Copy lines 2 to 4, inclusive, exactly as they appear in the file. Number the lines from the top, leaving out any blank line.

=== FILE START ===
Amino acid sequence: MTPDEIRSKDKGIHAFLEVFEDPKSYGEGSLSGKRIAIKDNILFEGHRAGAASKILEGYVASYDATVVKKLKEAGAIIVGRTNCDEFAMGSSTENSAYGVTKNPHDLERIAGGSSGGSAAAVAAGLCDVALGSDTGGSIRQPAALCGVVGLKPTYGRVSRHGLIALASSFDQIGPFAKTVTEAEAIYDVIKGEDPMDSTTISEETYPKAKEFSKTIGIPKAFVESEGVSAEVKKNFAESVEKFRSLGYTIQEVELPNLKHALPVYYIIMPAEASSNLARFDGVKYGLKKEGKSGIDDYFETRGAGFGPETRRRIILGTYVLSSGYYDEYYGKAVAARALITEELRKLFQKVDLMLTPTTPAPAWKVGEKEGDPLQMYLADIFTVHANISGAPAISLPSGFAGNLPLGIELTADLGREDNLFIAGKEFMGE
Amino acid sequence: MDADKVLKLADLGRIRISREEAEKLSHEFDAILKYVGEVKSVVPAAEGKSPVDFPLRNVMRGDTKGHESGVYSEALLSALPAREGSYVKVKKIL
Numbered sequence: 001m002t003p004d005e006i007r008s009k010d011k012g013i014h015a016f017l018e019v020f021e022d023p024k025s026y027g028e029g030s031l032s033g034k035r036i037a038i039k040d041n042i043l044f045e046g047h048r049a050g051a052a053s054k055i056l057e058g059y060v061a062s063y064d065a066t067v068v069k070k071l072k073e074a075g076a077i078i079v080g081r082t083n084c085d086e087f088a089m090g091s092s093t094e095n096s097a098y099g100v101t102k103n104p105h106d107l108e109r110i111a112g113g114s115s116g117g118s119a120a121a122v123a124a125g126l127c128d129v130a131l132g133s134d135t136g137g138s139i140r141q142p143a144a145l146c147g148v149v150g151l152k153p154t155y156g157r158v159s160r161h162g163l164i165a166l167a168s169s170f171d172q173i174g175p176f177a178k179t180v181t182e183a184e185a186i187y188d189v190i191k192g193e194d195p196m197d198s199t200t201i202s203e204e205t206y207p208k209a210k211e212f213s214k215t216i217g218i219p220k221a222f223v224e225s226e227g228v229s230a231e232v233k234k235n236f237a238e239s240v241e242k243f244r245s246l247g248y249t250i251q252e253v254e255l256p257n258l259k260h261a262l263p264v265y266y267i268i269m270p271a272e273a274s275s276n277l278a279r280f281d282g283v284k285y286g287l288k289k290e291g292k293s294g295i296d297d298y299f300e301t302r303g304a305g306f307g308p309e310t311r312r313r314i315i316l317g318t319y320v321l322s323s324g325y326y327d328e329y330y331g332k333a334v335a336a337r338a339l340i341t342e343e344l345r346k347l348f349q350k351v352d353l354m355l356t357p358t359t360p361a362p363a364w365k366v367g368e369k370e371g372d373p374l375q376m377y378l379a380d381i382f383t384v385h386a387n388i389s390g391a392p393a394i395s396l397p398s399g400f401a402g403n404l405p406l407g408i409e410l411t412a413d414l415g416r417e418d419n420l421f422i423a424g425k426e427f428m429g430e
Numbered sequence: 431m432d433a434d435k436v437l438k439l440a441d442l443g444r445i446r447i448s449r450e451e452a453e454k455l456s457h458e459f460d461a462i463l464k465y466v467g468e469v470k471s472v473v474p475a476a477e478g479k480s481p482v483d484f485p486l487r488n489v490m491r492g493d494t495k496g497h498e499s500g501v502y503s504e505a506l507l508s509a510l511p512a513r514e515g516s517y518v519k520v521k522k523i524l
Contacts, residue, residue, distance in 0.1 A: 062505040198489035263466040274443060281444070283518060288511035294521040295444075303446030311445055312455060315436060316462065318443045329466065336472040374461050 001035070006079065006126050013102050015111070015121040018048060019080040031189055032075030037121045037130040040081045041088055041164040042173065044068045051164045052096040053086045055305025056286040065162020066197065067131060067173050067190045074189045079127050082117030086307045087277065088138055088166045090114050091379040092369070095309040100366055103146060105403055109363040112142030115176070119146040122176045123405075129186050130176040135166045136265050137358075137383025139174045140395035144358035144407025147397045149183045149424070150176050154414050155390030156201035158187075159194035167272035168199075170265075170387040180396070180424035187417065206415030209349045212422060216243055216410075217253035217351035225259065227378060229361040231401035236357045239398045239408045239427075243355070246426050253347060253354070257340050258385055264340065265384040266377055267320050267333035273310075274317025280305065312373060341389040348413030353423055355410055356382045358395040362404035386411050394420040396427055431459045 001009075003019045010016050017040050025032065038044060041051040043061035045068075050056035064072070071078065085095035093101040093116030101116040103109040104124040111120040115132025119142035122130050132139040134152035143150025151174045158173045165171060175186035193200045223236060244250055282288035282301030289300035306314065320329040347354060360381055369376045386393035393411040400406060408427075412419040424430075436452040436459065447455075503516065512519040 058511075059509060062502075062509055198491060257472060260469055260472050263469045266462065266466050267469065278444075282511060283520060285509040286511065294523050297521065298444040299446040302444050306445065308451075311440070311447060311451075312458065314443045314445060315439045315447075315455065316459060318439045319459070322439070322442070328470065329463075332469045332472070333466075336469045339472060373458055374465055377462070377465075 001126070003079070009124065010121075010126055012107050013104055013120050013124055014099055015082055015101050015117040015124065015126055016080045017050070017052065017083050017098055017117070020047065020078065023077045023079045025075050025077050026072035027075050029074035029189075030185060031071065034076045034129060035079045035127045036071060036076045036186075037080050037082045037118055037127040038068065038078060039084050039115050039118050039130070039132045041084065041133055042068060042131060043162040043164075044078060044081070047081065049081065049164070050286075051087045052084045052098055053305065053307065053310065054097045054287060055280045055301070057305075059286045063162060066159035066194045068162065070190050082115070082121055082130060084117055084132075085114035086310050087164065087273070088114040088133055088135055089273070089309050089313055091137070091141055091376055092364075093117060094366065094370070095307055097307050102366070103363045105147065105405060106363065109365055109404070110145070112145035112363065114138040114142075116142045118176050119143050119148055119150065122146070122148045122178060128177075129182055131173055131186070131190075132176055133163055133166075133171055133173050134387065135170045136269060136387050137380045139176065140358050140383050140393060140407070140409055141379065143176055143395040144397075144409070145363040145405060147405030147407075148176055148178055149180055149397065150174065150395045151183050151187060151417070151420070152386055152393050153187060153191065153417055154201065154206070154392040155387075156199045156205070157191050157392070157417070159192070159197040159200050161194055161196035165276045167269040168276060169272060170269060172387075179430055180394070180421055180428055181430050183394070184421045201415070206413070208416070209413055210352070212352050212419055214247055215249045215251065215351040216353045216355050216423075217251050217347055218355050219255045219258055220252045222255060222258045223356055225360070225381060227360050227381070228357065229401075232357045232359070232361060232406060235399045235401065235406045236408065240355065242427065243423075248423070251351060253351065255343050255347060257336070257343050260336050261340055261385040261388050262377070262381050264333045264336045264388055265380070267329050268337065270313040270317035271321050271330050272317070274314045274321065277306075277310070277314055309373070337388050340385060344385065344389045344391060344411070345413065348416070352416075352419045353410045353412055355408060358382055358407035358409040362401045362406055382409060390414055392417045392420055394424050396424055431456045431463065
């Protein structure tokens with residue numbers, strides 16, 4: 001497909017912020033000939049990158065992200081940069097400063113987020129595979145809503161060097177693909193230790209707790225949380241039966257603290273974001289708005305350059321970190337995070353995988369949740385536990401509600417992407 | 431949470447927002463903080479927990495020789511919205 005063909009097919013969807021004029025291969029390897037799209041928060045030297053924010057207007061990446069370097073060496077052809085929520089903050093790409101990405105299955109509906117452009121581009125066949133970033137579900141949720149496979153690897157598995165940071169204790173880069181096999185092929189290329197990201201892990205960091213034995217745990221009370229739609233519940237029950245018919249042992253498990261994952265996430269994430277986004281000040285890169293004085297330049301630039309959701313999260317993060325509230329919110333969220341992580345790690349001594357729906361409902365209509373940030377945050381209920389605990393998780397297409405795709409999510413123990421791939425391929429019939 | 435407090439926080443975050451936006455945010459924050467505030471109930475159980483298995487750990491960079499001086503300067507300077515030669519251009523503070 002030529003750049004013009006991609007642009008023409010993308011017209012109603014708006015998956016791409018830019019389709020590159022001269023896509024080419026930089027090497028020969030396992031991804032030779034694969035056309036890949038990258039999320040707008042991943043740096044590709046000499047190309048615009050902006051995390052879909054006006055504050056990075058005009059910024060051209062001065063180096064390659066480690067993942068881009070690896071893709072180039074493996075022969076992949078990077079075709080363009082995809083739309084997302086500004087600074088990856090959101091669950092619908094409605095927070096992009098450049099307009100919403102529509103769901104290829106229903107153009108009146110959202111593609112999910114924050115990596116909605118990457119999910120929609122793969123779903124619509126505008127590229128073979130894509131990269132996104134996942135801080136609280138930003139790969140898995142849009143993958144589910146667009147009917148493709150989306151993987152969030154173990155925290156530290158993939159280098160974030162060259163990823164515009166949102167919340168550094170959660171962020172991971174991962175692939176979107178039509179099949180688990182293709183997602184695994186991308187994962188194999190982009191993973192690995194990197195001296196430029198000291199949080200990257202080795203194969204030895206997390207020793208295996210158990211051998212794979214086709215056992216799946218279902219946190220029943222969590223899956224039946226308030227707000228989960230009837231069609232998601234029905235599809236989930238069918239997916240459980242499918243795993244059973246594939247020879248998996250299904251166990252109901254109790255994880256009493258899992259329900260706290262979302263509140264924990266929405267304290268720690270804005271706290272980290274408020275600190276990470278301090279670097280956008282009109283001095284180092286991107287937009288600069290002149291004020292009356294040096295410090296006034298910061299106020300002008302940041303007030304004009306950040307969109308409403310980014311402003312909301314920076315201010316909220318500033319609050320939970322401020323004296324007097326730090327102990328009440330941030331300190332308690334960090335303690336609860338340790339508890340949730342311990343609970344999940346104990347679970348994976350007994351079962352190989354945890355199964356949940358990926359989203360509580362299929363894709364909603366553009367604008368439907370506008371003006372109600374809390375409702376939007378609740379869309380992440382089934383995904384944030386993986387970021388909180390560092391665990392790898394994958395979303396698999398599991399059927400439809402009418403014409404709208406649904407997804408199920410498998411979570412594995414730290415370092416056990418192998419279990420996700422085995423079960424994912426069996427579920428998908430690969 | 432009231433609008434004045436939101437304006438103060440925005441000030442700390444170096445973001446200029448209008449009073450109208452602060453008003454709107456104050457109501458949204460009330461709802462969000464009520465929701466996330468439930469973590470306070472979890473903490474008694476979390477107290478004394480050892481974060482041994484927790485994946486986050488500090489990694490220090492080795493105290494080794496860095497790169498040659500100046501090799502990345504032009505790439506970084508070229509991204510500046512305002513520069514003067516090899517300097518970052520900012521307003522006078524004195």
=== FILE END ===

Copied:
Amino acid sequence: MDADKVLKLADLGRIRISREEAEKLSHEFDAILKYVGEVKSVVPAAEGKSPVDFPLRNVMRGDTKGHESGVYSEALLSALPAREGSYVKVKKIL
Numbered sequence: 001m002t003p004d005e006i007r008s009k010d011k012g013i014h015a016f017l018e019v020f021e022d023p024k025s026y027g028e029g030s031l032s033g034k035r036i037a038i039k040d041n042i043l044f045e046g047h048r049a050g051a052a053s054k055i056l057e058g059y060v061a062s063y064d065a066t067v068v069k070k071l072k073e074a075g076a077i078i079v080g081r082t083n084c085d086e087f088a089m090g091s092s093t094e095n096s097a098y099g100v101t102k103n104p105h106d107l108e109r110i111a112g113g114s115s116g117g118s119a120a121a122v123a124a125g126l127c128d129v130a131l132g133s134d135t136g137g138s139i140r141q142p143a144a145l146c147g148v149v150g151l152k153p154t155y156g157r158v159s160r161h162g163l164i165a166l167a168s169s170f171d172q173i174g175p176f177a178k179t180v181t182e183a184e185a186i187y188d189v190i191k192g193e194d195p196m197d198s199t200t201i202s203e204e205t206y207p208k209a210k211e212f213s214k215t216i217g218i219p220k221a222f223v224e225s226e227g228v229s230a231e232v233k234k235n236f237a238e239s240v241e242k243f244r245s246l247g248y249t250i251q252e253v254e255l256p257n258l259k260h261a262l263p264v265y266y267i268i269m270p271a272e273a274s275s276n277l278a279r280f281d282g283v284k285y286g287l288k289k290e291g292k293s294g295i296d297d298y299f300e301t302r303g304a305g306f307g308p309e310t311r312r313r314i315i316l317g318t319y320v321l322s323s324g325y326y327d328e329y330y331g332k333a334v335a336a337r338a339l340i341t342e343e344l345r346k347l348f349q350k351v352d353l354m355l356t357p358t359t360p361a362p363a364w365k366v367g368e369k370e371g372d373p374l375q376m377y378l379a380d381i382f383t384v385h386a387n388i389s390g391a392p393a394i395s396l397p398s399g400f401a402g403n404l405p406l407g408i409e410l411t412a413d414l415g416r417e418d419n420l421f422i423a424g425k426e427f428m429g430e
Numbered sequence: 431m432d433a434d435k436v437l438k439l440a441d442l443g444r445i446r447i448s449r450e451e452a453e454k455l456s457h458e459f460d461a462i463l464k465y466v467g468e469v470k471s472v473v474p475a476a477e478g479k480s481p482v483d484f485p486l487r488n489v490m491r492g493d494t495k496g497h498e499s500g501v502y503s504e505a506l507l508s509a510l511p512a513r514e515g516s517y518v519k520v521k522k523i524l